By Bailey Allison
Trauma and Substance Specialist
As teens grow older, identity development leads a number of kids to want to explore drugs, including alcohol, as a normal part of their development.
YouthZone sees a wide spectrum of substance use from the kids that walk through their doors. One high school student may be there for a minor in possession (MIP) charge from a weekend party, while another may be using marijuana every day of the week. Statistically, substance use rises as youth move from middle school to high school where drugs are more easily available.
All young people that come in for help complete YouthZone’s Assessment Survey to provide a deeper understanding of each client. The assessment determines what type and level of guidance is needed. While case management work is handled by the Youth Advocate assigned to each case, those engaged in substance use are also directed to additional therapy.
Substance use for teens and adults in our Colorado and Roaring Fork river valleys is less frequently about opiates and more often about meth. Cocaine, psychedelic drugs like LSD, marijuana and alcohol are also a large part of the local picture.
A deeper sense of caution about marijuana has disappeared with its legalization in 2012. It’s found in many homes and easy to purchase. A 2018 survey from Rise Above Colorado found many teens consider alcohol and marijuana low risk, and more families view marijuana use more casually.
When teenagers mistakenly think that everyone they know partakes in substance use, it increases the likelihood they will experiment in drug use. When they are educated and realize that usage is a lot lower than they projected (about 17% in Colorado according to Rise Above Colorado), they are less likely to experiment.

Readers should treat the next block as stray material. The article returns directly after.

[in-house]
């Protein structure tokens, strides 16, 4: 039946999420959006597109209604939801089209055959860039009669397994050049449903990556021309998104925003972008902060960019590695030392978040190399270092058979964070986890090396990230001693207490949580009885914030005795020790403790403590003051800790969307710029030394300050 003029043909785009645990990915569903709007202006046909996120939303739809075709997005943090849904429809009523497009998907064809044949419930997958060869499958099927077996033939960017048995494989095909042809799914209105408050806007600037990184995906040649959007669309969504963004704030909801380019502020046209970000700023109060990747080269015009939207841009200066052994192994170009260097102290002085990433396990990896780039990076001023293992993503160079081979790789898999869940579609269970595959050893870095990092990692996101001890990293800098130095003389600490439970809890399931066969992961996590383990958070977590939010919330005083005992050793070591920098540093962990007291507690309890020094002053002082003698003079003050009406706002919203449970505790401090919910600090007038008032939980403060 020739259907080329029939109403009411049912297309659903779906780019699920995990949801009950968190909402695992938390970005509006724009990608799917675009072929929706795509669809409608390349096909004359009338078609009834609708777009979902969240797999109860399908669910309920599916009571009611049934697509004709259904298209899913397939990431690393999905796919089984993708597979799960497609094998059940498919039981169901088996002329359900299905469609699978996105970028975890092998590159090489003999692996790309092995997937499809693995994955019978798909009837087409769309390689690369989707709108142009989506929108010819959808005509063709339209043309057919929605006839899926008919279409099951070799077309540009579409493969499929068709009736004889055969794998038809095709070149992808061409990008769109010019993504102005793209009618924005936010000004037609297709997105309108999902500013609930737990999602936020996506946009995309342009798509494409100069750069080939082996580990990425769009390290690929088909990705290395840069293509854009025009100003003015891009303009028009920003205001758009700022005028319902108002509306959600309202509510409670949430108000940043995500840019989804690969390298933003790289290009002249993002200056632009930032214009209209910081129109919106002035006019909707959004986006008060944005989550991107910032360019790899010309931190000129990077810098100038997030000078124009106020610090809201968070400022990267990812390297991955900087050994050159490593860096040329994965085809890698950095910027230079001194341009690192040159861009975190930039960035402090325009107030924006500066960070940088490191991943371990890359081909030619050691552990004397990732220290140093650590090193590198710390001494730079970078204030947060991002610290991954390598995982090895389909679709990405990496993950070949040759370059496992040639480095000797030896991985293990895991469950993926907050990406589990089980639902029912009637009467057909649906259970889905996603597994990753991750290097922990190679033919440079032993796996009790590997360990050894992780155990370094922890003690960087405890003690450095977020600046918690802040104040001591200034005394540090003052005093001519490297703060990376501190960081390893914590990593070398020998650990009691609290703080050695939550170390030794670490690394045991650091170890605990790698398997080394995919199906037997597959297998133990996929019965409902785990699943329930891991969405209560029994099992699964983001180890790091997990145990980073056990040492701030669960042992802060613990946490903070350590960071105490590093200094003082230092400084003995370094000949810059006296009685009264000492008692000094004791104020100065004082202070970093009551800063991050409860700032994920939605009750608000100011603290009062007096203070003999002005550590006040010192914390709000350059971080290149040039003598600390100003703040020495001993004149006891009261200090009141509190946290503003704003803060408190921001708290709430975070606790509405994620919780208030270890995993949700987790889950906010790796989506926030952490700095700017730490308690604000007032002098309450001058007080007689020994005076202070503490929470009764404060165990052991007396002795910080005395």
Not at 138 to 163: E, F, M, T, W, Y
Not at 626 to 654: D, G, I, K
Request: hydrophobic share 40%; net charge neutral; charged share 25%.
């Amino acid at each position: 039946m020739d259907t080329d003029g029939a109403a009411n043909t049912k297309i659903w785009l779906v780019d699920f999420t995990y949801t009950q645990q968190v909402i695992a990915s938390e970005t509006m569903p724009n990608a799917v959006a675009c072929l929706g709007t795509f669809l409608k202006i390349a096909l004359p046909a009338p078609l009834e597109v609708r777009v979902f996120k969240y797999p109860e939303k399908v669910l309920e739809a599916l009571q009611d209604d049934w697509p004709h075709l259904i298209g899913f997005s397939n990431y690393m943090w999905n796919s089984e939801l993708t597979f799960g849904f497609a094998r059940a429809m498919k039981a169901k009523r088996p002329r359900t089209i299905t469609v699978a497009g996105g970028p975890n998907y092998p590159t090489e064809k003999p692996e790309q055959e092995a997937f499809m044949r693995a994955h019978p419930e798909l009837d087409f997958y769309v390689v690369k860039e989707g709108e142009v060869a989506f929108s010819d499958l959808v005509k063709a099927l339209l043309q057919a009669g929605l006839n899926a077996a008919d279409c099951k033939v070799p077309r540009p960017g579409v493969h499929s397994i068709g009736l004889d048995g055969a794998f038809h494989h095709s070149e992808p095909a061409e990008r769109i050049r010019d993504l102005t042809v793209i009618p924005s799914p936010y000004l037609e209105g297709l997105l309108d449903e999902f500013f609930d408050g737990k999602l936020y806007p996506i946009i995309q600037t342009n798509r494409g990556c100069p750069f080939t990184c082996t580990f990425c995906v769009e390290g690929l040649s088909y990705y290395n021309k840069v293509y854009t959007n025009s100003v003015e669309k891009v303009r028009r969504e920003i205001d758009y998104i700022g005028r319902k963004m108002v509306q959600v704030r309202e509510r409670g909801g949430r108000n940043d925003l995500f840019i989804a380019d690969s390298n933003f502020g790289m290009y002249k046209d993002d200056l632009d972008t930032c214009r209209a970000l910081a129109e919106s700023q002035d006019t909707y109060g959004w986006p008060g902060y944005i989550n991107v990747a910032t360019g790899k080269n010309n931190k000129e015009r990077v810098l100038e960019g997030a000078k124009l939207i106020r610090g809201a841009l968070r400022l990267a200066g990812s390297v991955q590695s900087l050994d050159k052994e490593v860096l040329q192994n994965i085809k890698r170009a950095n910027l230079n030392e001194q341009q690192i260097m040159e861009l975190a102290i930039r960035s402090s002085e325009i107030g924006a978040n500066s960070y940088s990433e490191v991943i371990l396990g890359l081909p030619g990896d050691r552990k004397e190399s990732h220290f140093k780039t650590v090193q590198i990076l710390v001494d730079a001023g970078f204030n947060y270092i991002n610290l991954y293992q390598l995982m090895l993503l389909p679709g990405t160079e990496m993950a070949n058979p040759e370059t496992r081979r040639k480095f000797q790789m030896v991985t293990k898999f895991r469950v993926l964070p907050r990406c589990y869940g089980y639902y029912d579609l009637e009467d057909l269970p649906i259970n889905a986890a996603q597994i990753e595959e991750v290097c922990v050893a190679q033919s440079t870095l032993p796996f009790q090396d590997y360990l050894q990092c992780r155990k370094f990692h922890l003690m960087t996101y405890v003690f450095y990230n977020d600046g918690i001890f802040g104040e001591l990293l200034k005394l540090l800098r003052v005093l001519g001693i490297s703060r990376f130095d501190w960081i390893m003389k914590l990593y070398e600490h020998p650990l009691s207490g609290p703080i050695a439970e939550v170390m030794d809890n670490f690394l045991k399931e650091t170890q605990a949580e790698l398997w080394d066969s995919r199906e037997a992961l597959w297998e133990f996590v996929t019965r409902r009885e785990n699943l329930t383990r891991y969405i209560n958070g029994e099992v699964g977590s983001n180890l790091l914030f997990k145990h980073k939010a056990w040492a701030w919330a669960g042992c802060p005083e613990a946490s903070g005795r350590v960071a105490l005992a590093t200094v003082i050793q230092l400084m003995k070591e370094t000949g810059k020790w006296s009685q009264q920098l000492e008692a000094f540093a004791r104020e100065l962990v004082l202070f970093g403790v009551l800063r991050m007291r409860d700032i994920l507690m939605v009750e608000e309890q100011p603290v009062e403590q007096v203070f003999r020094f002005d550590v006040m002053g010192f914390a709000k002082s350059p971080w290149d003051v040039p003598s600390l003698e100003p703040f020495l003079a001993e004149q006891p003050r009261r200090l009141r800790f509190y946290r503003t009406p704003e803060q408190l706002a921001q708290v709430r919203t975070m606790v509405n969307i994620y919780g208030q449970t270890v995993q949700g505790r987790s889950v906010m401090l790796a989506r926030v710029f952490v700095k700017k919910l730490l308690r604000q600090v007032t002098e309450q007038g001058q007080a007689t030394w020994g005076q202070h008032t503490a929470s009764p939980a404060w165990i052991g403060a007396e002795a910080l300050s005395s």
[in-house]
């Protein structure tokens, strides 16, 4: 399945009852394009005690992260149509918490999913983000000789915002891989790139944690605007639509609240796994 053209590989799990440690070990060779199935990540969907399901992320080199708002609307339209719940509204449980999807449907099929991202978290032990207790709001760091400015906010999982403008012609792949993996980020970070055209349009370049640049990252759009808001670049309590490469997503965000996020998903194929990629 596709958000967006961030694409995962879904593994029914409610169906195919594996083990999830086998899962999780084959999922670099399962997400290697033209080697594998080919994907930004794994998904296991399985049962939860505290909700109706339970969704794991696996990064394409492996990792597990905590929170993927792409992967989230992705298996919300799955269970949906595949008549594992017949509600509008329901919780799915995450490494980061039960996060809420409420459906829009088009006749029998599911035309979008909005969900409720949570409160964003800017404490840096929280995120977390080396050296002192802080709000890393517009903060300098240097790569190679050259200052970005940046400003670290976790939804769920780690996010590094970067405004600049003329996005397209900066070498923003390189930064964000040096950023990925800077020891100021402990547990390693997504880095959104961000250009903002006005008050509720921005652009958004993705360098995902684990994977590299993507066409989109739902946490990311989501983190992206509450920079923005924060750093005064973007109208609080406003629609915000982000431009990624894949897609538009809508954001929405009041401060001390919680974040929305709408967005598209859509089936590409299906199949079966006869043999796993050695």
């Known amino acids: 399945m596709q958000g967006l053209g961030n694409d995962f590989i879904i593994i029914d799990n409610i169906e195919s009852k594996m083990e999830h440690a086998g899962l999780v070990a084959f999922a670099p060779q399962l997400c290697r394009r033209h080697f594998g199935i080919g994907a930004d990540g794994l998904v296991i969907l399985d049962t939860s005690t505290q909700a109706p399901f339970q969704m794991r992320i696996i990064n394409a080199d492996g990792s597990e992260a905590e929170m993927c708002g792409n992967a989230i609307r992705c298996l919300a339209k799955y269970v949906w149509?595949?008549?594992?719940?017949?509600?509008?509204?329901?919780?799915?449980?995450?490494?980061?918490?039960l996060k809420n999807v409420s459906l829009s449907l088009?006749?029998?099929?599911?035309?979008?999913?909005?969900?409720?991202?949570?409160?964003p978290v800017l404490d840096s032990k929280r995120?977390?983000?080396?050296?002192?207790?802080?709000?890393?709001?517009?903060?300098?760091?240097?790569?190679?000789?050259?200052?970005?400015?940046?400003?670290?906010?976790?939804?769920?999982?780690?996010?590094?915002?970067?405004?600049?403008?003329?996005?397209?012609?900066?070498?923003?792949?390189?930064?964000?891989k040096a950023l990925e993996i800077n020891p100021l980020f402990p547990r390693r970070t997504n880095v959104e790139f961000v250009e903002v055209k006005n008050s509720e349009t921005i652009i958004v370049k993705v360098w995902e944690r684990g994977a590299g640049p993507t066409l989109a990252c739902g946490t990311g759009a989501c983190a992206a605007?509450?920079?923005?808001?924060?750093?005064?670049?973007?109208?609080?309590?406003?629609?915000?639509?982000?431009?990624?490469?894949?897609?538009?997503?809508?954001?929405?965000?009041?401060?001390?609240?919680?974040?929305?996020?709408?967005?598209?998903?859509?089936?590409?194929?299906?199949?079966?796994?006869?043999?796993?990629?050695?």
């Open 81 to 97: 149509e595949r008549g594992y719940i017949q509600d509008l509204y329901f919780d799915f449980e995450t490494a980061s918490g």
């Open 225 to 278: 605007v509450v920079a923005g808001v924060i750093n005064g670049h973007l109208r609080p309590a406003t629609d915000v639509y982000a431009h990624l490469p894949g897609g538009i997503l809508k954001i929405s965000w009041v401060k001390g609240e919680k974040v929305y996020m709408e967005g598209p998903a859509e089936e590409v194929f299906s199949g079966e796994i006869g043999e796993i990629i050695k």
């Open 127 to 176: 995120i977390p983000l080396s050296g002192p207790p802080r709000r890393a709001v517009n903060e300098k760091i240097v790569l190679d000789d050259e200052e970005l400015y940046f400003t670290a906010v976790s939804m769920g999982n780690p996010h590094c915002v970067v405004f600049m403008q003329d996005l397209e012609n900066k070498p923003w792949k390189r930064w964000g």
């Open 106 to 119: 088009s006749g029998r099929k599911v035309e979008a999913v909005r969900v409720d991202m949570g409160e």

Parents’ engagement can vary from being overprotective to being hands off in regard to their son’s or daughter’s choices. YouthZone can provide services to help parents and families find a better middle ground. Getting parents to engage with their child’s problems in a supportive way may require that the parents need to make their own personal changes.
Although some parents fear their child’s substance use may expose them to immediate dangers like drugs laced with higher potency drugs, addiction risk is one of the more crucial challenges that concerns YouthZone staff. They want to prevent addiction when possible and provide treatment if a child is already addicted. Young people have an array of negative consequences that are a result of their addictions, such as relationship issues, drop in grades, loss of friends, family discord and legal trouble.
Addiction is often tied to family history and family genetics. School, social and family stresses complicate things.
Substance use and trauma are often tied together. The ACE study (Adverse Childhood Experiences) in 1997 showed early adversity can result in lifelong implications. These early trauma incidents can lead to later mental, physical and social breakdowns. It is beneficial to identify and address trauma incidents in order to prevent substance use disorders and its negative consequences.
An addicted teen needs to find skills to offset their vulnerabilities with more productive and long-term positive behaviors. If they can assess where their own use falls in terms of risk, they can address the frequency of their use, how much they use, and how long they’ve been using.
A one-time monthly class is offered to minor offenders to teach them skills to rise above a one-time situation with healthy ways to cope with stress and negative emotions. Other clients need more coordinated time and effort through weekly group sessions and individual counseling to build the social emotional skills for coping. This learning teaches youth self-awareness, self-management, responsible decision making, relationship skills and social awareness.
There are triggers for substance use, but through counseling and training, kids can learn to self-regulate and hopefully encounter fewer situations that prompt them to use in the first place. With individual therapy, they can also address underlying trauma or issues that contribute to their substance use. These sessions provide kids with a better skill building, self-reflection and understanding of why people use substances.
Bailey Allison serves as the YouthZone Trauma and Substance Specialist. She graduated from Denver University with a master’s degree in Social Work, and has extensive experience working with children and families as a therapist, case manager and in a residential environment.